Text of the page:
Hiking Santa Fe’s Winsor Trail to Raven Ridge

Last week we enjoyed our first proper hike of the summer—Winsor Trail to Raven Ridge.

Lake Peak in the Santa Fe National Forest in early June.

The view from Raven Ridge. Spectacular! The snowcapped mountain is Lake Peak. That cirque below the mountain is the location of Nambe Lake. Deception Peak is on the right, hidden behind the ridge and other mountains.

Every time we’ve started this trail, the weather has turned and forced us to go back at Raven Ridge. Summer wildflowers were already starting to bloom along the lower part of the trail, so we really wanted to try make it up to Deception Peak.

Big snowbanks covered the trail a few minutes after we turned onto the fenceline trail leading to Raven Ridge. Conditions remained easily hikable, so we remained hopeful.

Once we got to Raven Ridge, however, the snow got much deeper, obscuring the trail. We climbed a couple of hundred yards before turning back. The snow was just too deep. Trying to pick our way through the snowbanks caused us to move further and further to our left, off of the ridge, and towards the steep cliffs. So we went back to the lookout point and enjoyed an early peanut butter sandwich, while the dogs went crazy over a hamburger and brown rice snack I had made for them. A little sunshine sketching, and then we headed back downhill to the car.

New Mexico native wildflower white marsh-marigold seen on Winsor Trail in the Santa Fe National Forest.

White marsh-marigold (Caltha leptosepala) lined the banks of the creek near the trailhead.

That afternoon, the mountains got rain and thundershowers, so turning around when we did was a good idea!

Summer hiking advice: dangerous trail conditions

Keep going or head back down? Always be ready to turn around if the conditions are wrong!

Some weather safety tips for summer hiking in the mountains:

  • Check the weather forecast the night before and morning of your hike.
  • Check the notice board at the trail head (if there is one) for any special weather conditions and warnings—wind advisories, flood watches, etc.
  • Use the weather forecast and advisories to shape your plans for the hike. Be ready for wind, rain, even snow, depending on the location.
  • Bring extra clothing layers, including a raincoat and fleece.
  • Take food and water, for yourself and your dogs, if they come along.
  • Bring a good map, or a GPS device (NOT your phone!) and look at it in difficult trail conditions to make sure you’re still on the trail and not drifting away.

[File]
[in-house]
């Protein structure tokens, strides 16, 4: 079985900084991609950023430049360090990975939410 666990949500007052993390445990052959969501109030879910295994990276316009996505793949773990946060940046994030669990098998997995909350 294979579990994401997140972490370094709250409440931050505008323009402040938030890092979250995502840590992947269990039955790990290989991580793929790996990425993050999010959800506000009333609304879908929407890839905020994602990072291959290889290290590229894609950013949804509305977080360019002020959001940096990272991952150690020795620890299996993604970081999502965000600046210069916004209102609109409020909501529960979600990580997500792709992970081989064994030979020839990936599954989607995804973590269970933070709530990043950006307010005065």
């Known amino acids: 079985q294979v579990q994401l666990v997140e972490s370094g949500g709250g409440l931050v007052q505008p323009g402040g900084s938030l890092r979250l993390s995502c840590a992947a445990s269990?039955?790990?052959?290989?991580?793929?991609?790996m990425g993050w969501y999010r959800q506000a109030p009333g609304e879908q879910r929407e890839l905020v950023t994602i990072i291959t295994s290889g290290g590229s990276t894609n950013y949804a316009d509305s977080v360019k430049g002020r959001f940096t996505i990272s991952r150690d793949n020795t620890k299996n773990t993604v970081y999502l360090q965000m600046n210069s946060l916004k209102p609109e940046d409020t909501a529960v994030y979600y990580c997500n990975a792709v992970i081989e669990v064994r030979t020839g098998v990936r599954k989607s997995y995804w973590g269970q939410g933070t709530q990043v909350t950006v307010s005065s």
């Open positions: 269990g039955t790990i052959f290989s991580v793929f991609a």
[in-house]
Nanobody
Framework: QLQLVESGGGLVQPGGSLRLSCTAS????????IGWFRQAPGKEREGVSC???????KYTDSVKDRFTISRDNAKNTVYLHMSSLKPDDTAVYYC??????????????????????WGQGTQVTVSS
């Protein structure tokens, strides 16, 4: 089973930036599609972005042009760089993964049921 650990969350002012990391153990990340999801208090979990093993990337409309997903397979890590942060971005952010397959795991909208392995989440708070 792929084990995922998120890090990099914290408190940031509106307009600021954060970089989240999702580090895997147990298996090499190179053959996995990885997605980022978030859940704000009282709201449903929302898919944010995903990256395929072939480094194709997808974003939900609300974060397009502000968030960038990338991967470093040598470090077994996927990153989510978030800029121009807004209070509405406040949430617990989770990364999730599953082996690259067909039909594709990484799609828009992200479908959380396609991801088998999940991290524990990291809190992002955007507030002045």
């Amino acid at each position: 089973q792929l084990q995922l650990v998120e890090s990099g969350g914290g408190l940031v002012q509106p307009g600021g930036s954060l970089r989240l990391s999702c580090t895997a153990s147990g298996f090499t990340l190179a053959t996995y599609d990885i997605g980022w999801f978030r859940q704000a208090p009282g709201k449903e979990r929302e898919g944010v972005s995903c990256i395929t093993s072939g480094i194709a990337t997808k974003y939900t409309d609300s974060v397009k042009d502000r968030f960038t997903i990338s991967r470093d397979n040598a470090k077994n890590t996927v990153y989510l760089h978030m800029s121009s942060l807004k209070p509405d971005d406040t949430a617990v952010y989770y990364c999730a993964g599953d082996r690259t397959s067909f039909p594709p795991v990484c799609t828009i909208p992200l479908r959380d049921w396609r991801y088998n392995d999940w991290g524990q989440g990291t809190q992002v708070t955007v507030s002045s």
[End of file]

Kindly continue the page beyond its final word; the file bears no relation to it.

• Be aware while hiking through snow or other ground conditions that could force you off the trail and onto dangerous terrain.
  • Keep an eye on the sky! Are those clouds getting darker?
  • If rain is starting to move in, get down off that mountain fast! Thunderstorms are often more violent in the mountains, get to shelter.
  • Be flexible! Just because you didn’t get to the mountain top because of bad weather doesn’t mean you failed. Enjoy the hike and the trail along the way. Being stubborn about “goals” in the mountains can result in injury or death.

What outdoor excursions have you got planned for June?

Intrepid Women: Annie E. Hoyle

Pen and ink drawing by USDA Forest Service artist Annie E Hoyle 1851-1931

Annie E. Hoyle created this rendering of Balsamorhiza sagittate for the USDA Forest Service, one of over 500 pen and ink botanical illustrations she produced for the agency between 1908 and 1930. The variety of stipple and line textures in this wildflower image are very subtle and delicate. Photo credit: USDA Forest Service Collection, Hunt Institute for Botanical Documentation, Carnegie Mellon University, Pittsburgh, PA.

One of the things I’ve really enjoyed about the Native Tree Portfolio project for the RBGE diploma is the opportunity to learn all kinds of interesting and unexpected things. While researching images of the piñon pine for the art history paper component of the portfolio, I discovered the work of a US Forest Service artist, Annie Elizabeth Hoyle.

Photo of the USDA Forest Service Engineering Staff in 1924.

The Engineering staff of the Washington Office, US Forest Service, March 1924. Photo from US Forest Service Headquarters History Collection at the Forest History Society. Botanical illustrator Annie Elizabeth Hoyle is the woman in the bottom left hand corner of the photo. Formidable!